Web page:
5 have worked on this for a number of years and I published some articles
6 especially about the consequences of trauma and traumatic experience --
7 Q. Thank you, Doctor --
8 A. -- mostly post-traumatic stress disorder --
9 Q. I'm sorry to interrupt, Dr. Loncar. If I may, you've just
10 provided the Court with quite a wide range of details about your current
11 profession, if I could just break it down. Since when have you worked in
12 the field of psychotraumatology?
13 A. I really began in late 1991 when I was exchanged or in early
14 1992. I was being trained for a psychiatrist then and then I continued
15 and it's been ongoing until this day. Before the war I worked mostly in
16 the field of neurobiological psychiatry. I began in 1992 at the faculty
17 of medicine, at the department for medical research --
18 Q. Dr. Loncar --
19 A. -- it was with the Ministry of Health --
20 Q. I apologise. I do apologise for interrupting you. But I would
21 ask you, given the time restraints that we have today, that you please
22 focus specifically on the question that I'm asking you.
23 Can you please tell the Court how many times have you testified
24 before this Tribunal?
25 A. This is my third time.
1 Q. And in what cases have you previously testified?
2 A. I testified in the Babic case, then the Martic case, and this is
3 the third case.
4 Q. And in what capacity have you previously testified before the
6 A. As an expert witness.
7 Q. And what was the subject matter of that expert testimony?
8 A. That is my area of expertise, namely, the consequences that came
9 about in victims, the consequences of post-traumatic experience. From
10 PTSD to traumatic experience, not only mental and physical but also
11 sexual. I'm referring to women who were victims of rape as well as men
12 who survived a sexual maltreatment.
13 Q. Now turning briefly to your personal background, can you please
14 tell the Court where you grew up.
15 A. Well, I was born at Donji Gradac in Bosnia and Herzegovina, but
16 when I was 6 months old my parents moved to Ilok and Slavonia. I don't
17 remember the place where I was born because I was a baby. I grew up and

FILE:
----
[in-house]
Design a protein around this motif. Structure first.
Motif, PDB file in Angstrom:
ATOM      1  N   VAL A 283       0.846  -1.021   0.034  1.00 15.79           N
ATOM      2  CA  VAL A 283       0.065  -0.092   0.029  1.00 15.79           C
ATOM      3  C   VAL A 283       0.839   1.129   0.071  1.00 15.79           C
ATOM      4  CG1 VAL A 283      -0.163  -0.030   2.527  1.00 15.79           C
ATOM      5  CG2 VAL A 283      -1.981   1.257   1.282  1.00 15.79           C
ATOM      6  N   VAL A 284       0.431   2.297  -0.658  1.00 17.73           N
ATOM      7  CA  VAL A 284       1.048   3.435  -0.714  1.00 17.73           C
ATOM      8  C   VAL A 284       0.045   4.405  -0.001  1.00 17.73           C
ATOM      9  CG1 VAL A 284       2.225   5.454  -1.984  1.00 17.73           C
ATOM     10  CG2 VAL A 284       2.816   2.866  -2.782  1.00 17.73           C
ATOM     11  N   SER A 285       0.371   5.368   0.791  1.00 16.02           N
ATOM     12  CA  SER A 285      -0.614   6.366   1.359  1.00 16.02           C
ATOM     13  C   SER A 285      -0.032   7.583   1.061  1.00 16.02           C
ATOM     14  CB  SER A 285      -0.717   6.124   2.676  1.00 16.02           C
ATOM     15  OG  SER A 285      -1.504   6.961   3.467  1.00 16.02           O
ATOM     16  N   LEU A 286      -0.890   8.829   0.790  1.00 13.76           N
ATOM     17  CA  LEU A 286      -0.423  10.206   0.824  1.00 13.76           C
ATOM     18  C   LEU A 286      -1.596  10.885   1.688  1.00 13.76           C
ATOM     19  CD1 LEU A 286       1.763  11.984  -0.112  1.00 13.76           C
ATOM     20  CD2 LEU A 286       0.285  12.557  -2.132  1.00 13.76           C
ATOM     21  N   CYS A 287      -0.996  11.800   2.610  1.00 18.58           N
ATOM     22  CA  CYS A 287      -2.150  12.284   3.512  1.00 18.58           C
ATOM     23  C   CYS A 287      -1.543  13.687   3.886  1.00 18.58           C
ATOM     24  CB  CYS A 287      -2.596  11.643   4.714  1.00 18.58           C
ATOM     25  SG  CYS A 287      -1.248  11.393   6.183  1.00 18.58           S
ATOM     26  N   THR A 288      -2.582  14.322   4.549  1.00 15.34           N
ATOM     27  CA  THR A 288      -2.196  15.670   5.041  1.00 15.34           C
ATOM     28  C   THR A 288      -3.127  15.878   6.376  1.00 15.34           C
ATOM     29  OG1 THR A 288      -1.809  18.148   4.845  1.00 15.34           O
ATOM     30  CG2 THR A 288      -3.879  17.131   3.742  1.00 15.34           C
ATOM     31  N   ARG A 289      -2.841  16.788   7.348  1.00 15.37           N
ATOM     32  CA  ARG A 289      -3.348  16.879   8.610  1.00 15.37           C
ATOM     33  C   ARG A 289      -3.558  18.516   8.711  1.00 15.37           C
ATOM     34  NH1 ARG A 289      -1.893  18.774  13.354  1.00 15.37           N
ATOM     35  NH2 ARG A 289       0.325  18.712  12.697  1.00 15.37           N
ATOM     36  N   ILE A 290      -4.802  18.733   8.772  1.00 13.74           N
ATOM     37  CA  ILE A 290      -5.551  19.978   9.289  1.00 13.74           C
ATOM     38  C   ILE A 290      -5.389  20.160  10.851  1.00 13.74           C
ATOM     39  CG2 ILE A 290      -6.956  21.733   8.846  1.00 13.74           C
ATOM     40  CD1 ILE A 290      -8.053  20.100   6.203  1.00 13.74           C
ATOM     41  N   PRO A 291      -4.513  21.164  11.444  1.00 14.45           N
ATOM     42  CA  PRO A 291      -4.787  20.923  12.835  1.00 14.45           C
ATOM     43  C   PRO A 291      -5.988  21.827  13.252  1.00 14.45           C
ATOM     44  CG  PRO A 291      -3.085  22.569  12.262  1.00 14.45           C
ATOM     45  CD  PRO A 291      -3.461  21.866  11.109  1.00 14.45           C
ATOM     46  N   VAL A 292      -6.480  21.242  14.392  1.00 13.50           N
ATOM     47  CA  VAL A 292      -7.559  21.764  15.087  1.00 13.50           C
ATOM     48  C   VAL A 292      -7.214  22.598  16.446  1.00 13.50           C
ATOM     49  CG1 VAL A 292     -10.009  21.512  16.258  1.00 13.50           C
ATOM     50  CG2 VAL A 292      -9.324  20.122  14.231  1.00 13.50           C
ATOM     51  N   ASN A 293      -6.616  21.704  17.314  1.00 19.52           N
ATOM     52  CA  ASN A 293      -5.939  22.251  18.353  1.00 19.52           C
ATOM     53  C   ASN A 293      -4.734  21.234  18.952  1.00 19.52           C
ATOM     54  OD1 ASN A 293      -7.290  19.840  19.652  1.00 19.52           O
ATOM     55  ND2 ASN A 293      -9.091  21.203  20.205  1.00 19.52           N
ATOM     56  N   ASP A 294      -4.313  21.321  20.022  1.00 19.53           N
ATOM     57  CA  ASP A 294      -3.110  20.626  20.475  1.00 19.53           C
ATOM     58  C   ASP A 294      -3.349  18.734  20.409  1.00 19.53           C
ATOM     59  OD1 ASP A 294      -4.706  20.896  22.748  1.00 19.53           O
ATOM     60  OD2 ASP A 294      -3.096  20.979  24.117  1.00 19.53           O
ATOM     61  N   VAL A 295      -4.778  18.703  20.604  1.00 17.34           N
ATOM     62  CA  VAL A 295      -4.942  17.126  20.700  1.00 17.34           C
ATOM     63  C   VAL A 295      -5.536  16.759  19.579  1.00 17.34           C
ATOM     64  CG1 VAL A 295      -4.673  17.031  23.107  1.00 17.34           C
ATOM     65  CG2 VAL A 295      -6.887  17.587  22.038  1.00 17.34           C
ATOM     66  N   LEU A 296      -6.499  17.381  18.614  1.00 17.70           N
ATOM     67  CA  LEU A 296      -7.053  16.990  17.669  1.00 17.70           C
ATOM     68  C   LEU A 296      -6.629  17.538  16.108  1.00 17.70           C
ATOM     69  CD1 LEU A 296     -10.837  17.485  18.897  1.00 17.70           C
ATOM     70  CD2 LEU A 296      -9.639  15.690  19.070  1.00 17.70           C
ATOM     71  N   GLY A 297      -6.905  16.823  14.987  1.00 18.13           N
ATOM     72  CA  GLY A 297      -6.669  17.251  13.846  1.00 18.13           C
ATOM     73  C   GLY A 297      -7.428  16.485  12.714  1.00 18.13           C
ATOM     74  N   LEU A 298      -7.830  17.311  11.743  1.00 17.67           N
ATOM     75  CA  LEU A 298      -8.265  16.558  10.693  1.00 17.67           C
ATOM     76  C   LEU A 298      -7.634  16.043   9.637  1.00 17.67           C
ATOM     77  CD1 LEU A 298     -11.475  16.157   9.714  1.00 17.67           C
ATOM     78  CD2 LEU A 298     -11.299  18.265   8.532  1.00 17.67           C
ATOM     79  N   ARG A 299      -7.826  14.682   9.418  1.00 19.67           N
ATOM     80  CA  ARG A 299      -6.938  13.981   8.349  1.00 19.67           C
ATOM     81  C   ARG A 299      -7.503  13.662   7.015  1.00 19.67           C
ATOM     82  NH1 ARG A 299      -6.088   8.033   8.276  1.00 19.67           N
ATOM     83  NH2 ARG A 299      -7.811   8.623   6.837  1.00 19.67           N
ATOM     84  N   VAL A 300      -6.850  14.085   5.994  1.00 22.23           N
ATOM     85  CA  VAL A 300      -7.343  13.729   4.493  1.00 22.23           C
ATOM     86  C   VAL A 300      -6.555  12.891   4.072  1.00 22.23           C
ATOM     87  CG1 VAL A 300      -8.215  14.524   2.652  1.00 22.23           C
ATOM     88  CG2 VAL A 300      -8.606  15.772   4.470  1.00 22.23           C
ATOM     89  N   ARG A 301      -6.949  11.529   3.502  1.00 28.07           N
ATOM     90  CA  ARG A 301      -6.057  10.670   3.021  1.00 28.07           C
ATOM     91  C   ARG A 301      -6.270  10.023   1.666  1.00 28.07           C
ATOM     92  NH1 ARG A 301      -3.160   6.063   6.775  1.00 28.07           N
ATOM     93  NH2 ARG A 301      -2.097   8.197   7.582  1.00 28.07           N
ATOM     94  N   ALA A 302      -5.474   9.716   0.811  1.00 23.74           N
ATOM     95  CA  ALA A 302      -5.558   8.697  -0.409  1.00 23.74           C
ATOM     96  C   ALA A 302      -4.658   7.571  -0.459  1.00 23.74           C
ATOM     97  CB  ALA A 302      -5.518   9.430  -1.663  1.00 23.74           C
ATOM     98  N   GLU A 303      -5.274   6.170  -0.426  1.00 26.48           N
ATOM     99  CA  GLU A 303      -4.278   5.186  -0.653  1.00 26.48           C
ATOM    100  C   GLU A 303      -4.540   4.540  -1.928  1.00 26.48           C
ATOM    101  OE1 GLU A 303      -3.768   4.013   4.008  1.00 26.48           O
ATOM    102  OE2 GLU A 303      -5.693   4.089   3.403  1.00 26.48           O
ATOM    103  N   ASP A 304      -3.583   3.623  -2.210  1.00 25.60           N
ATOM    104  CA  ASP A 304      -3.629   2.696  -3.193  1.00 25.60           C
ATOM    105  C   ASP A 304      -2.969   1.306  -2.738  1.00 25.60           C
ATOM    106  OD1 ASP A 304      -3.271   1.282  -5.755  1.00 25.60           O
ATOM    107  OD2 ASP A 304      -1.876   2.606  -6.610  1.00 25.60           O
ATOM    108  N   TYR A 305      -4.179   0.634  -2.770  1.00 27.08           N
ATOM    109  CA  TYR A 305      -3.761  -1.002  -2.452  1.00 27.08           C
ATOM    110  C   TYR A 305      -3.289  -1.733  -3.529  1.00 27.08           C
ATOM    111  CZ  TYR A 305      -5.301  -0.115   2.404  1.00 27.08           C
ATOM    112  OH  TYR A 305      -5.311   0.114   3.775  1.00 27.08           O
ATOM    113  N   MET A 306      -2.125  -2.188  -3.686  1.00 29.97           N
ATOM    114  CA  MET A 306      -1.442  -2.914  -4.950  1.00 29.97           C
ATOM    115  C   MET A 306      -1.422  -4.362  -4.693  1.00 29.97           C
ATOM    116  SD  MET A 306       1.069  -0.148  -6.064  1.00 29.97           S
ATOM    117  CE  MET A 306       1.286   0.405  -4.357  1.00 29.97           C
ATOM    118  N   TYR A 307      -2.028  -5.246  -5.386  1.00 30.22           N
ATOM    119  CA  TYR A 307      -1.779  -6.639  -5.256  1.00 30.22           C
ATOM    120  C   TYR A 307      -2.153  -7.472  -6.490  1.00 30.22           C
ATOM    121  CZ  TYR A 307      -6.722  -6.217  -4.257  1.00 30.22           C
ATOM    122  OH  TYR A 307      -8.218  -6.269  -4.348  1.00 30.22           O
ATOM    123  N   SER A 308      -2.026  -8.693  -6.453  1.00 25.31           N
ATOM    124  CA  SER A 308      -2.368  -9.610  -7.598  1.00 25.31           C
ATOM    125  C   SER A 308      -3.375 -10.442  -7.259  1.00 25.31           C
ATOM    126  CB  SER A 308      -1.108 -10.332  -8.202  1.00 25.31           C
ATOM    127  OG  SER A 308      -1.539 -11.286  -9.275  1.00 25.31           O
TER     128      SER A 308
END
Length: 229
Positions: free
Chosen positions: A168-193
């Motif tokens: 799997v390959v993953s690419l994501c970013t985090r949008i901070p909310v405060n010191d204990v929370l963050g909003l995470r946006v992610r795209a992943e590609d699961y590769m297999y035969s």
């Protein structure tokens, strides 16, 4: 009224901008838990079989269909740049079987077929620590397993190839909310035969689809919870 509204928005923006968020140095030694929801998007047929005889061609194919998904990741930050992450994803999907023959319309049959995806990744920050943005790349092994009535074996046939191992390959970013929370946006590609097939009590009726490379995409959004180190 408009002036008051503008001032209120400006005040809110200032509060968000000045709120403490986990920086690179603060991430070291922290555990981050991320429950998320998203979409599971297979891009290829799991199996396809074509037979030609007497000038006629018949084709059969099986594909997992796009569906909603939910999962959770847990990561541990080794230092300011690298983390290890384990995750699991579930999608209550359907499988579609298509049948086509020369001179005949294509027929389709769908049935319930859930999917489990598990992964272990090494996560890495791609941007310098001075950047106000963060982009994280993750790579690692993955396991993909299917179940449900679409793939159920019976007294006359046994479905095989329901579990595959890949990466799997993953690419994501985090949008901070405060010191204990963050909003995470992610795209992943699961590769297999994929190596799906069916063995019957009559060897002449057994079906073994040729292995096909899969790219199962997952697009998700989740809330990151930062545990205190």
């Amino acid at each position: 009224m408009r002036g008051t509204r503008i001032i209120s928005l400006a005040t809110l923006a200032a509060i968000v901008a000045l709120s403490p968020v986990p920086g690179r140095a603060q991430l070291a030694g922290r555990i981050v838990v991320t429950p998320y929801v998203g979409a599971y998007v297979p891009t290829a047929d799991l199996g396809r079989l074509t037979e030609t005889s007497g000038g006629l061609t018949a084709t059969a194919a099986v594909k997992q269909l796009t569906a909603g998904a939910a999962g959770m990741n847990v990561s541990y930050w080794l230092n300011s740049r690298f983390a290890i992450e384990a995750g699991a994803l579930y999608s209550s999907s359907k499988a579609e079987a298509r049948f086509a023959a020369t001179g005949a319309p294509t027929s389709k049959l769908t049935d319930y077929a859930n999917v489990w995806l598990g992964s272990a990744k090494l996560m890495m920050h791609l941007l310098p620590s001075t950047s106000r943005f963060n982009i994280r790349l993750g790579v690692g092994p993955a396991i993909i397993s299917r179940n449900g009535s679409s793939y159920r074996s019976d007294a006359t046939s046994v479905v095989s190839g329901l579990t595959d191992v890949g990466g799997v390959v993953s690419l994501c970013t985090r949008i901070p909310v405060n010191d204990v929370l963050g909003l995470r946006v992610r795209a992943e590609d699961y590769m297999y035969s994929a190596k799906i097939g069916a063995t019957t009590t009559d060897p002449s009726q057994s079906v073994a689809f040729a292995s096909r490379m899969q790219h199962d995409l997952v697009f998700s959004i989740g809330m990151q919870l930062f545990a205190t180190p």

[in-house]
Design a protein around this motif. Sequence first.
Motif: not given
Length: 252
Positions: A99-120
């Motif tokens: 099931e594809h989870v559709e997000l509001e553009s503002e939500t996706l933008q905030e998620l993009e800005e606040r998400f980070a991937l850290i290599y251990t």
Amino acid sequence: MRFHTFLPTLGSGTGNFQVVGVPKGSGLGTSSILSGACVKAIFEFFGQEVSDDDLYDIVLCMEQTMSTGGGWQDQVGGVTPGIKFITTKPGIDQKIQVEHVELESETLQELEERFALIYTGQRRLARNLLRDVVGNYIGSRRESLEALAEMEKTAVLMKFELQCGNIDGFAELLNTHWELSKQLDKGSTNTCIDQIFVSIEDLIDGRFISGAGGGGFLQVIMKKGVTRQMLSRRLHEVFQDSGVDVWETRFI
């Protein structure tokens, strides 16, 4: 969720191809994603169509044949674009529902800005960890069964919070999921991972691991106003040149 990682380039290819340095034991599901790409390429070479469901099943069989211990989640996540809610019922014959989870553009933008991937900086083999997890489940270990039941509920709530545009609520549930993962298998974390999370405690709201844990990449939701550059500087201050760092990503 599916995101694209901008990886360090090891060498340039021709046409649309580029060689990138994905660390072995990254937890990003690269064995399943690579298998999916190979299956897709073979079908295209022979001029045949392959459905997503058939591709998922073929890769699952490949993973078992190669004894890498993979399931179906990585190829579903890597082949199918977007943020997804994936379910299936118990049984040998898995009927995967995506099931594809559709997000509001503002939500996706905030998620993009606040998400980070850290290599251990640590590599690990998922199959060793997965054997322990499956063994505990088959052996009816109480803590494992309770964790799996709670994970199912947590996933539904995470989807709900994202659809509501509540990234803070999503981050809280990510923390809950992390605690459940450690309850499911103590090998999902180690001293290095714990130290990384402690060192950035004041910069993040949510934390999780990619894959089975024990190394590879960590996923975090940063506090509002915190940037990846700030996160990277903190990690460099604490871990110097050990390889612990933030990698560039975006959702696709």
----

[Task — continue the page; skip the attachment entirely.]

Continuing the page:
18 went to school at Ilok. This is where I lived and grew.
19 Q. And where did you receive your medical training?
20 A. The nearest university for us from Ilok was Novi Sad and that's
21 where I studied medicine. It's about 40 kilometres from Ilok.
22 Q. And when did -- and when did you graduate from medical school?
23 A. I graduated in Novi Sad in 1987/1988.
24 Q. And following your graduation from medical school in 1987/1988,
25 when did you begin your specialisation in psychiatry?
1 A. For a short while I lived in Ilok after graduation. I wanted to
2 work as an intern at Vukovar Hospital but there were no vacancies.
3 That's why I returned to Novi Sad and did my internship there, and I
4 started working on my masters thesis at the psychiatric clinic. And
5 after some time I was employed there, standing in for somebody
6 temporarily. And then I got a permanent position.
7 THE INTERPRETER: Could the witness please repeat his last
9 MS. DENNEHY:
10 Q. Dr. Loncar, the interpreters didn't quite understand your last
11 sentence. Can you please repeat it.
12 A. My specialisation began as a specialisation in neurology and
13 psychiatry. It was -- before the war they were taken as one, but I chose
14 the psychiatric branch.
15 Q. And you just mentioned the war. How did the outbreak of
16 hostilities in the former Yugoslavia affect your studies?
17 A. Well, I can say what I saw and went through personally. In that
18 area until 1988 when Slobodan Milosevic rose to power, we lived normally
19 and didn't mind who was who. In other words, ethnicity or religion
20 didn't matter to us. Only at about -- or in about 1988 the inter-ethnic
21 tensions started making themselves felt. Then it got worse and the
22 culmination was in 1990 or 1991.
23 Q. Thank you, Dr. Loncar. And how specifically did the rise in
24 ethnic tensions affect your studies in Novi Sad at the time?
25 A. I worked normally until 1988. My colleagues were normal,
1 educated people and I had no problems of that kind. But when Slobodan
2 Milosevic rose to power and relations in Yugoslavia deteriorated, what's
3 more, Milosevic introduced an embargo on Slovenian goods. And since Ilok
4 was on the border, my colleagues would give me money so I could buy some
5 Slovenian goods there for them. But with time tensions rose, ethnicity
6 began to matter, and we continued to live multi-culturally but you could
7 feel tension.
8 Q. And, Dr. Loncar, you just testified in relation to the activities
9 of Milosevic. Were you politically active at the time before or during
10 the war?
11 A. Before the war I ventured into politics for a short spell when
12 the free and open elections took place in 1990. The democratic alliance
13 of Croats in Vojvodina was founded. I remember that we invited all the
14 parties that were present in Novi Sad, including the ruling party, the
15 Socialist Party of Serbia. It went on for a short while, a couple of
16 months, but then fear started spreading and the initiative faded away
18 Q. Now, you've just told us that the democratic alliance of Croats
19 in Vojvodina was founded. What was the aim of that branch of the
20 Democratic Alliance of Croats?
21 A. The ethnic Hungarians had already founded a party of their own.